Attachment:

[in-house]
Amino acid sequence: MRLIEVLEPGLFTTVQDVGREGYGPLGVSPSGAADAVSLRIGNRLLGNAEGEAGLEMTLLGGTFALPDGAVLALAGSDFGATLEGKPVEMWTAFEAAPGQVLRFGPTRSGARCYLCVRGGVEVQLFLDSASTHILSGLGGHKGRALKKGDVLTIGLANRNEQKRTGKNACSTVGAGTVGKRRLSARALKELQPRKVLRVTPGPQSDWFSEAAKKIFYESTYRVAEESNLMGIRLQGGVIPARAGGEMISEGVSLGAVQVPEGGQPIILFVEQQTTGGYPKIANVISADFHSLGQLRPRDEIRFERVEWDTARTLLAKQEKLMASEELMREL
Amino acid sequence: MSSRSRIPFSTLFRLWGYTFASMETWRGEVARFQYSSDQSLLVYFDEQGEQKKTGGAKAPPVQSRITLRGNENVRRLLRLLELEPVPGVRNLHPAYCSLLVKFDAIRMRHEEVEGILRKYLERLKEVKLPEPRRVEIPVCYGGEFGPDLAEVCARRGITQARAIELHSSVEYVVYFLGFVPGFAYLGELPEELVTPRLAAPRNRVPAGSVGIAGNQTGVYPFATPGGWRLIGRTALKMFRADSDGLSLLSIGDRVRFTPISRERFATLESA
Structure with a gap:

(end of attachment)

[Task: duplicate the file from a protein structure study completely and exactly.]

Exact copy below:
[in-house]
Amino acid sequence: MRLIEVLEPGLFTTVQDVGREGYGPLGVSPSGAADAVSLRIGNRLLGNAEGEAGLEMTLLGGTFALPDGAVLALAGSDFGATLEGKPVEMWTAFEAAPGQVLRFGPTRSGARCYLCVRGGVEVQLFLDSASTHILSGLGGHKGRALKKGDVLTIGLANRNEQKRTGKNACSTVGAGTVGKRRLSARALKELQPRKVLRVTPGPQSDWFSEAAKKIFYESTYRVAEESNLMGIRLQGGVIPARAGGEMISEGVSLGAVQVPEGGQPIILFVEQQTTGGYPKIANVISADFHSLGQLRPRDEIRFERVEWDTARTLLAKQEKLMASEELMREL
Amino acid sequence: MSSRSRIPFSTLFRLWGYTFASMETWRGEVARFQYSSDQSLLVYFDEQGEQKKTGGAKAPPVQSRITLRGNENVRRLLRLLELEPVPGVRNLHPAYCSLLVKFDAIRMRHEEVEGILRKYLERLKEVKLPEPRRVEIPVCYGGEFGPDLAEVCARRGITQARAIELHSSVEYVVYFLGFVPGFAYLGELPEELVTPRLAAPRNRVPAGSVGIAGNQTGVYPFATPGGWRLIGRTALKMFRADSDGLSLLSIGDRVRFTPISRERFATLESA
Structure with a gap: